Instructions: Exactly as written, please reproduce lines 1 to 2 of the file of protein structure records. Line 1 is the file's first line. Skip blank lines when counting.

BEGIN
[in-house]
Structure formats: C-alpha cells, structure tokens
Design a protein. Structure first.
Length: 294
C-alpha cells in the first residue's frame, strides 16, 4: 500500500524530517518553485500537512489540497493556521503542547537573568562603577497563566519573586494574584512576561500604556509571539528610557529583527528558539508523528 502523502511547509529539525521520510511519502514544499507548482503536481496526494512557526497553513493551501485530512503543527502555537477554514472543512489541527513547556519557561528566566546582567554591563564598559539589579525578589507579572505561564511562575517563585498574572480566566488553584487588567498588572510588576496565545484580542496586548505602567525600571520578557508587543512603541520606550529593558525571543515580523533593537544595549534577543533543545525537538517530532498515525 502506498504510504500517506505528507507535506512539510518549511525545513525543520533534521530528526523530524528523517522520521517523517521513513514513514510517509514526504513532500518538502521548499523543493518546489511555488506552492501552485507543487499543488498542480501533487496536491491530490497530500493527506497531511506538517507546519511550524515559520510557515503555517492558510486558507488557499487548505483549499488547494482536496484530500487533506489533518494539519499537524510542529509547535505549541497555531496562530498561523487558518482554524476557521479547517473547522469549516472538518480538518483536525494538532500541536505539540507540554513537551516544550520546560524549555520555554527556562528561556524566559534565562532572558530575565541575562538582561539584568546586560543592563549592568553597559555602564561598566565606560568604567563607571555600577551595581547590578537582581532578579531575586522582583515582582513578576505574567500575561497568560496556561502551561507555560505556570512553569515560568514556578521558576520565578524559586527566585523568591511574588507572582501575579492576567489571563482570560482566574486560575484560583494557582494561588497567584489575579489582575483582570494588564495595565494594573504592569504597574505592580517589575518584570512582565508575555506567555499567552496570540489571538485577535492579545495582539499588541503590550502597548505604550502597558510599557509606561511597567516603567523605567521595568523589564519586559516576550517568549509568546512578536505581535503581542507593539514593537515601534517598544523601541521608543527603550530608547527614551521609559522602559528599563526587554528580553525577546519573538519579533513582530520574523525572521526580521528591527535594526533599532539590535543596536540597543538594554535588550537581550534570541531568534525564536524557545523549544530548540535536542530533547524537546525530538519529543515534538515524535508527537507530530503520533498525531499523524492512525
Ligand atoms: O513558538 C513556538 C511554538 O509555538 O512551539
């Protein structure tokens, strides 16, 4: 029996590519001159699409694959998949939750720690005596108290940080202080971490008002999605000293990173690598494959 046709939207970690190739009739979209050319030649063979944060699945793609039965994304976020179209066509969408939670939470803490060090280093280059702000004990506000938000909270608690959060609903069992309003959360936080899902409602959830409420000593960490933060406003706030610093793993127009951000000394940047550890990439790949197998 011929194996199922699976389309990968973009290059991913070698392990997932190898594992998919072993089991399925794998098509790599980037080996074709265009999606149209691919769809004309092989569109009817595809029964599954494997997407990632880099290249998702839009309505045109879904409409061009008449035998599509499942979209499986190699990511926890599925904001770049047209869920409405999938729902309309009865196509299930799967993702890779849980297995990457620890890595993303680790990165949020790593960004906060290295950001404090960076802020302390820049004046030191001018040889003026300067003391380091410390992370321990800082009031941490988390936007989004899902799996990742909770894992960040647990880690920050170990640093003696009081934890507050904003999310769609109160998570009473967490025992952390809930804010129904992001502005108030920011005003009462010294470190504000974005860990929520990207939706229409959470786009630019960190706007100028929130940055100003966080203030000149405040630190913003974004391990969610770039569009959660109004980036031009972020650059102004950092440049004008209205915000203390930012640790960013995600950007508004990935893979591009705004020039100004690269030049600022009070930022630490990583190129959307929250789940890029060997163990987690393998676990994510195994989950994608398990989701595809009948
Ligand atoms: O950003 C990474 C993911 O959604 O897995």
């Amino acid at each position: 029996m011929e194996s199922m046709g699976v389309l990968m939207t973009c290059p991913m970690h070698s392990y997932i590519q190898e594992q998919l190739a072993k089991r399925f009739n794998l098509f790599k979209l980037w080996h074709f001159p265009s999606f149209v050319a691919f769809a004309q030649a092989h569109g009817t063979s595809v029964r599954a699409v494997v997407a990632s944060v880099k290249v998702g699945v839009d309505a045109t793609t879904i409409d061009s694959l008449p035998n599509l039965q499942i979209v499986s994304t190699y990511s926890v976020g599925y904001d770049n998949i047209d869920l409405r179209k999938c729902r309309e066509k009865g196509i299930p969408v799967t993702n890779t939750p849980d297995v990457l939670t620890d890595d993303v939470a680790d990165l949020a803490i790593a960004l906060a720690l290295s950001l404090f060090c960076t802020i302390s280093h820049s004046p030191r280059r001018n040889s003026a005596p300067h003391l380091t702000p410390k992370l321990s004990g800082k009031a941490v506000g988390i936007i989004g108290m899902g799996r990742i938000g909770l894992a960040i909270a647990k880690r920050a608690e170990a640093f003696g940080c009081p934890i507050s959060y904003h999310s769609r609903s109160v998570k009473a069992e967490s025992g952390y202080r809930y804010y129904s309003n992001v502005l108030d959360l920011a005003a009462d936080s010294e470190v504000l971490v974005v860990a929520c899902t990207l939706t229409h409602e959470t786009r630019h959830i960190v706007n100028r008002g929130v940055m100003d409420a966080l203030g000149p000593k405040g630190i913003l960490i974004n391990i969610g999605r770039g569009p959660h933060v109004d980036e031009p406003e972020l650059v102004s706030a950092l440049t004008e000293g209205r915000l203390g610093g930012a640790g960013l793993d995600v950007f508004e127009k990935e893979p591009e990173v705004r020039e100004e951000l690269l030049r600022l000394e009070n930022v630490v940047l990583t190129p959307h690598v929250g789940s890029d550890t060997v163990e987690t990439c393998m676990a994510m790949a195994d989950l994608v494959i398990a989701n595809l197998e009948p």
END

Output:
[in-house]
Structure formats: C-alpha cells, structure tokens